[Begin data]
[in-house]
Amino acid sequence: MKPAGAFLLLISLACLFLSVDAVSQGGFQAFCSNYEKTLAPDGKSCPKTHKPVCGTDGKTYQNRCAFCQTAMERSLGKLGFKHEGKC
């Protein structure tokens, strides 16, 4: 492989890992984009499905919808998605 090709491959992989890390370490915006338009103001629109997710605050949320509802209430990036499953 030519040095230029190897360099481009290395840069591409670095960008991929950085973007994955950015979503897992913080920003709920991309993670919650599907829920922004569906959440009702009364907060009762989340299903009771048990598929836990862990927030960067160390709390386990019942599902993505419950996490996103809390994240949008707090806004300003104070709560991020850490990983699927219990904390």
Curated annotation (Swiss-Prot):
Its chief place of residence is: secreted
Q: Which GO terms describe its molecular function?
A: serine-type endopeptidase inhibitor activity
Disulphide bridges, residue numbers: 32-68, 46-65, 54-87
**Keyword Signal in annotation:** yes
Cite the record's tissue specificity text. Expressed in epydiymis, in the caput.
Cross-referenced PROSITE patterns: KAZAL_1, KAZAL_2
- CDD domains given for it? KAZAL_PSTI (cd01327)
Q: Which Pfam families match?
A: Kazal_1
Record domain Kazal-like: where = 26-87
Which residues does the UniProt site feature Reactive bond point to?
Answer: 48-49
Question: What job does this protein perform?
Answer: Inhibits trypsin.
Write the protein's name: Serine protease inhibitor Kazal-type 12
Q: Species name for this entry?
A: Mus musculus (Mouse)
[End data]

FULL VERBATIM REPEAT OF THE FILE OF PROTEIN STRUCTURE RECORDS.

[in-house]
Amino acid sequence: MKPAGAFLLLISLACLFLSVDAVSQGGFQAFCSNYEKTLAPDGKSCPKTHKPVCGTDGKTYQNRCAFCQTAMERSLGKLGFKHEGKC
């Protein structure tokens, strides 16, 4: 492989890992984009499905919808998605 090709491959992989890390370490915006338009103001629109997710605050949320509802209430990036499953 030519040095230029190897360099481009290395840069591409670095960008991929950085973007994955950015979503897992913080920003709920991309993670919650599907829920922004569906959440009702009364907060009762989340299903009771048990598929836990862990927030960067160390709390386990019942599902993505419950996490996103809390994240949008707090806004300003104070709560991020850490990983699927219990904390």
Curated annotation (Swiss-Prot):
Its chief place of residence is: secreted
Q: Which GO terms describe its molecular function?
A: serine-type endopeptidase inhibitor activity
Disulphide bridges, residue numbers: 32-68, 46-65, 54-87
**Keyword Signal in annotation:** yes
Cite the record's tissue specificity text. Expressed in epydiymis, in the caput.
Cross-referenced PROSITE patterns: KAZAL_1, KAZAL_2
- CDD domains given for it? KAZAL_PSTI (cd01327)
Q: Which Pfam families match?
A: Kazal_1
Record domain Kazal-like: where = 26-87
Which residues does the UniProt site feature Reactive bond point to?
Answer: 48-49
Question: What job does this protein perform?
Answer: Inhibits trypsin.
Write the protein's name: Serine protease inhibitor Kazal-type 12
Q: Species name for this entry?
A: Mus musculus (Mouse)